The fifth season received widespread acclaim from critics, scoring 89 out of 100 based on 24 reviews on Metacritic.[26] On Rotten Tomatoes, the season has an approval rating of 93% with an average score of 9.8 out of 10 based on 44 reviews. The website's critical consensus reads, "The Wire goes out with a suitably resonant bang in its final season, craftily maneuvering venturesome motifs and a colorful cast of characters to skillfully understated conclusion."[27]


However, Leigh Claire La Berge found that "in the popular press [...] the level of critical anticipation that greeted that season was matched only by the immediate disappointment that followed it", noting that the season is The Wire's most explicitly didactic, the one that most obviously comments on the series's own fictionality, and the one with the least realistic plot.[29] Thus in reviewing the first seven episodes of the fifth season David Zurawik of the Baltimore Sun said that while "there is greatness in the seven episodes," the major newspaper storyline "contain[s] nothing that matches the emotional power and sociological insight of the show at its best."[30] La Berge argued that it is precisely the fifth season's capacity to explore the social construction of realism itself that is the season's most important characteristic.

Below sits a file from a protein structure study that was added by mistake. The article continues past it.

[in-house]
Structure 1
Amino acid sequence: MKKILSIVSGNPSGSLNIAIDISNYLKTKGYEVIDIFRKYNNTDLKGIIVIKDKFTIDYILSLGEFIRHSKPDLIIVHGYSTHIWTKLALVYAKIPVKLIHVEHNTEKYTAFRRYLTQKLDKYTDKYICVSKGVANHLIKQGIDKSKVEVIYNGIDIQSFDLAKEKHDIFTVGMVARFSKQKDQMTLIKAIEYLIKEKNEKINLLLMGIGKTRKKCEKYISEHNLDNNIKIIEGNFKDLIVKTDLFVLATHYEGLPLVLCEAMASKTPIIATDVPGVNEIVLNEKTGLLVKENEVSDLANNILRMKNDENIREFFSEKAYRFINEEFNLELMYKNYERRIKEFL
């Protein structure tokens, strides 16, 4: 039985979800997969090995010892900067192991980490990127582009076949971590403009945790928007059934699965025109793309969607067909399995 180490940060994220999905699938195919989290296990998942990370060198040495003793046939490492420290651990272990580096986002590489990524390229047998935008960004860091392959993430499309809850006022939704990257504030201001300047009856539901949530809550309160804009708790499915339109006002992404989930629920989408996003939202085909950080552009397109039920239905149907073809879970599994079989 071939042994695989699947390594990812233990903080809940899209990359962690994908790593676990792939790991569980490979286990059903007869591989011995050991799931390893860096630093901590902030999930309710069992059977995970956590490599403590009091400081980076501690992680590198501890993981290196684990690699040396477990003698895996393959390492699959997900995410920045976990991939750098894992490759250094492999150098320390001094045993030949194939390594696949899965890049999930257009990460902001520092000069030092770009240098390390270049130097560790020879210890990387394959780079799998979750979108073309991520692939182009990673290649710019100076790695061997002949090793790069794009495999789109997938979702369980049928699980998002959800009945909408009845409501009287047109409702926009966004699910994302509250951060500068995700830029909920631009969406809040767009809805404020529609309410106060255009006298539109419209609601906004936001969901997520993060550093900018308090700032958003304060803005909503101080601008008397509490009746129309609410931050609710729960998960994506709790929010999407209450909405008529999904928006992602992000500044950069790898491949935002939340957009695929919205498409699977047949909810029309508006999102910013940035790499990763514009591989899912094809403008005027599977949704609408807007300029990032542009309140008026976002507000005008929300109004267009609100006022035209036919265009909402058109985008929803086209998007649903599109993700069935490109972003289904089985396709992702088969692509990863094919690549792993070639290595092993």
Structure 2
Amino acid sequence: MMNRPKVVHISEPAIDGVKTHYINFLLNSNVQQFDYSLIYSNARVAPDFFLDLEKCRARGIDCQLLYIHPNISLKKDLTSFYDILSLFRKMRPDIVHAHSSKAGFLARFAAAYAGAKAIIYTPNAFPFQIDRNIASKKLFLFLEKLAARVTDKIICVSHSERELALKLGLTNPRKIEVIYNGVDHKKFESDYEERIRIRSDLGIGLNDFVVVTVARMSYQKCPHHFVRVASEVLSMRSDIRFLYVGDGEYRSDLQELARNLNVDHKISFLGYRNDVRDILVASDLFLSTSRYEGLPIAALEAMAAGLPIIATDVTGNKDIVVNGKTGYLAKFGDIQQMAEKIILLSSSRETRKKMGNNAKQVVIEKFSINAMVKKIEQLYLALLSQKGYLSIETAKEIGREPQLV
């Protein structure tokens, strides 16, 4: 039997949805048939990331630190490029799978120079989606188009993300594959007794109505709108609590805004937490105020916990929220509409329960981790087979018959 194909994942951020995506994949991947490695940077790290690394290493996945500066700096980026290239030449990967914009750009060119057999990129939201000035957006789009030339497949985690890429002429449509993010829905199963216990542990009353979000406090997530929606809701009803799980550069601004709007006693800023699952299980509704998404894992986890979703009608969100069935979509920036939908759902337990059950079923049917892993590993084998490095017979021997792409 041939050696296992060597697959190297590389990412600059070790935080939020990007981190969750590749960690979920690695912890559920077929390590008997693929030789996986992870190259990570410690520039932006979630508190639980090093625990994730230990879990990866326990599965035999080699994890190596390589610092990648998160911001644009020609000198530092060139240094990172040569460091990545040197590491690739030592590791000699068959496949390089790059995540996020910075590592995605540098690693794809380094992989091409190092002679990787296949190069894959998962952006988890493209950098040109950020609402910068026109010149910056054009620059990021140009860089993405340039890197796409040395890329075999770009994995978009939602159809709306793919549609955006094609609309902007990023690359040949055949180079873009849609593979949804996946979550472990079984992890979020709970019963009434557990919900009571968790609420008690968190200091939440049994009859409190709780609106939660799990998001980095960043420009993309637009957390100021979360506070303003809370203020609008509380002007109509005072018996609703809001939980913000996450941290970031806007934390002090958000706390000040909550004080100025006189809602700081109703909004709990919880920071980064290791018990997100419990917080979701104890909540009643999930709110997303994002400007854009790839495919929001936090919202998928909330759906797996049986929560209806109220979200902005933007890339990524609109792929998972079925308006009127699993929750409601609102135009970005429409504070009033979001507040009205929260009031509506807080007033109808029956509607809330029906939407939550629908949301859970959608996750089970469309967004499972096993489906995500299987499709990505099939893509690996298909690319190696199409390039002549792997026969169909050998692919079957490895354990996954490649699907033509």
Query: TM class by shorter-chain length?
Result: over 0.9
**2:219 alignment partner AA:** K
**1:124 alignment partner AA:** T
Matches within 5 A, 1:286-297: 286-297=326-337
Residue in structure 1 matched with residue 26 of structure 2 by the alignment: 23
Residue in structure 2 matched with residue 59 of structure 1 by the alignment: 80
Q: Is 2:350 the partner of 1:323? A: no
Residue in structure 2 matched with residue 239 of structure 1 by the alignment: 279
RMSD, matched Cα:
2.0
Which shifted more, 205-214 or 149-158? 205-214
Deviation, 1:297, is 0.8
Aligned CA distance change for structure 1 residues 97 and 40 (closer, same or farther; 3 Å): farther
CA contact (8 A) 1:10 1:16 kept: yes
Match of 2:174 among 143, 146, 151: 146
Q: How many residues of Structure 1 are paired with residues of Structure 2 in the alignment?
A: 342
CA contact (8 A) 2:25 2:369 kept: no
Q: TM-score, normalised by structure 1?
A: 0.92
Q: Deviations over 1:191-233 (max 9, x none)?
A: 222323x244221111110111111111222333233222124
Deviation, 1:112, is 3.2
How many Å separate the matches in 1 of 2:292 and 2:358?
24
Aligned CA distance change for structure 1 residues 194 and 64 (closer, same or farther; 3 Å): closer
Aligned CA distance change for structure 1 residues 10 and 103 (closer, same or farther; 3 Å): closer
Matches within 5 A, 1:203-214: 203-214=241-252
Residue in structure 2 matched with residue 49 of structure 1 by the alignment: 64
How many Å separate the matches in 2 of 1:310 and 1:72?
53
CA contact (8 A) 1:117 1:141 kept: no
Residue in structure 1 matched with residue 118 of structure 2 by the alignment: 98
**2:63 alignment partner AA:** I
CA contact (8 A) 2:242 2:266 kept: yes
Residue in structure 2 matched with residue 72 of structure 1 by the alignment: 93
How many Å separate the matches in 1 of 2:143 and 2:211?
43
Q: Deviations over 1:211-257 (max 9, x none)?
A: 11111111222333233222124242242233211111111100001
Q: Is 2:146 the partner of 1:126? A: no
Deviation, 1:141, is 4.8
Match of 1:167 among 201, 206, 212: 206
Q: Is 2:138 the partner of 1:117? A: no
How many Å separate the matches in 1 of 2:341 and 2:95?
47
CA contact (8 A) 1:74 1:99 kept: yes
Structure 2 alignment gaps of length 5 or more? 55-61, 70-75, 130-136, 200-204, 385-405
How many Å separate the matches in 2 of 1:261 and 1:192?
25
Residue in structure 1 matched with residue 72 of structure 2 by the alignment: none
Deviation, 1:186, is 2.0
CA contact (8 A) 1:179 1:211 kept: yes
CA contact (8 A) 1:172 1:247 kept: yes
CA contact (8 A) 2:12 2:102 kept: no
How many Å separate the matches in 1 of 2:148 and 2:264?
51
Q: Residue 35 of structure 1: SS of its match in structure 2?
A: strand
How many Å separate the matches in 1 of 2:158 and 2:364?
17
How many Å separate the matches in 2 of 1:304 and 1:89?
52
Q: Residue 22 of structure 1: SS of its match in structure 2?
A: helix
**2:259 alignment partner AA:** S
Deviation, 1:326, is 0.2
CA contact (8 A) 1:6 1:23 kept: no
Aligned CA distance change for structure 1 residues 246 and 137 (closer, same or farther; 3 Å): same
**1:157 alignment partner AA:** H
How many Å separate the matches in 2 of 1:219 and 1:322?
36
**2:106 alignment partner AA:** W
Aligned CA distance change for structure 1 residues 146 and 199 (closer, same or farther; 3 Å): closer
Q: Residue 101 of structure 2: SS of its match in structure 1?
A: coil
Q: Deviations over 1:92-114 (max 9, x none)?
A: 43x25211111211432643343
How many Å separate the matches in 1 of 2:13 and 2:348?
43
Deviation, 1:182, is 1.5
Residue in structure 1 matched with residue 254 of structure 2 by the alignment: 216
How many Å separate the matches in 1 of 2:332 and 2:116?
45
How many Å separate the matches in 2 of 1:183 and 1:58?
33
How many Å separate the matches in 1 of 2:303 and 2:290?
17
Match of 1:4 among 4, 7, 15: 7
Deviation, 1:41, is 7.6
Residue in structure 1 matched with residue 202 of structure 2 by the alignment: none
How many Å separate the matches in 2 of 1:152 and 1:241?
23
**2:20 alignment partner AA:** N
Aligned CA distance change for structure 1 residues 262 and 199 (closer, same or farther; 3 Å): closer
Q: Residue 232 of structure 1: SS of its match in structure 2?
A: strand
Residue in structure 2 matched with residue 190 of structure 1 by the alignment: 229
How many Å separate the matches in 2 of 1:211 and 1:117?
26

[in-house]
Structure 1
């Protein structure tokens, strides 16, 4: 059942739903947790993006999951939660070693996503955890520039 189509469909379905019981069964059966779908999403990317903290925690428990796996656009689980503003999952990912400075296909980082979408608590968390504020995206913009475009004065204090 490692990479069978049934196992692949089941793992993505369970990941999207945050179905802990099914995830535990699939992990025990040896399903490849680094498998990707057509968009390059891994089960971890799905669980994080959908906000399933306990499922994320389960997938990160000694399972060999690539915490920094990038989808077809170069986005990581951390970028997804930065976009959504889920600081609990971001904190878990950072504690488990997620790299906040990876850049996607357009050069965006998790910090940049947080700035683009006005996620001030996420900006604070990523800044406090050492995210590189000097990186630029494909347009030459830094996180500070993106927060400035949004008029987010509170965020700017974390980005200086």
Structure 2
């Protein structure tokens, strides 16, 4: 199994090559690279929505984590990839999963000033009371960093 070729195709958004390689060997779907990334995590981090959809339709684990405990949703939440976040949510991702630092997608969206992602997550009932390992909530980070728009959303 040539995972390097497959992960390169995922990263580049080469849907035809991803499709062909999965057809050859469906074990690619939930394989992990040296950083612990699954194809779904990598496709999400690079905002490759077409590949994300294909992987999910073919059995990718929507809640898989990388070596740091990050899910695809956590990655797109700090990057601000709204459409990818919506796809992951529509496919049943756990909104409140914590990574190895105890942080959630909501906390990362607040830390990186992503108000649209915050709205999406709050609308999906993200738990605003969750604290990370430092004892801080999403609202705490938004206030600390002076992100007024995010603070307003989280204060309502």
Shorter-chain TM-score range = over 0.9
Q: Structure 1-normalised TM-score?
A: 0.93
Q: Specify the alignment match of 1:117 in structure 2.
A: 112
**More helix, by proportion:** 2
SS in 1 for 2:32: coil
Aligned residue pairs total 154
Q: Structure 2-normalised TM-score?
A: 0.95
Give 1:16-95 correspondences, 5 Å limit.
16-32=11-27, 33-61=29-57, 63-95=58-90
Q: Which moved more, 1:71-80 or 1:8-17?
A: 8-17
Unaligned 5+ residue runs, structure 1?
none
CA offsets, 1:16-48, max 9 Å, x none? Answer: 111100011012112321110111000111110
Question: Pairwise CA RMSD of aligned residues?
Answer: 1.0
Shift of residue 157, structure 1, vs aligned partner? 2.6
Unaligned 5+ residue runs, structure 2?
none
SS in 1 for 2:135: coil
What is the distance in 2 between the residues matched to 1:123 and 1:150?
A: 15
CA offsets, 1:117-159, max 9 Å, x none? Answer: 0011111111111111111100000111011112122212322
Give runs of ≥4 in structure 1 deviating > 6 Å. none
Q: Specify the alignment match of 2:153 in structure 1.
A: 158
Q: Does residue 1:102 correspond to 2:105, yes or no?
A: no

"Just 'cause they're in the street doesn't mean that they lack opinions." - HaynesStanfield takes over as The Greeks' Baltimore distributor and is given a phone and a code to use to contact them. Stanfield gives the number to Levy and Herc steals it and passes it on to the police department. Freamon appeals to Daniels for a wiretap but is unsuccessful. McNulty leaks further details of his invented serial killer to the press and the story gains momentum. When Templeton stages a phone call from the serial killer McNulty uses it as probable cause for a wiretap.[39]


"If you have a problem with this, I understand completely." - FreamonOmar hides and tends to his injured leg overnight and then resumes robbing the Stanfield organization. Stanfield assumes control of the New Day Co-Op, telling the members that Omar was responsible for Stewart's death. Stanfield promotes Cheese, raises the price of narcotics, and suspends further meetings. The police find sealed courthouse documents in Stewart's house and realize there is a leak somewhere. Freamon enlists Leander Sydnor to man the wiretap and realizes that Stanfield is communicating with picture messages.[41]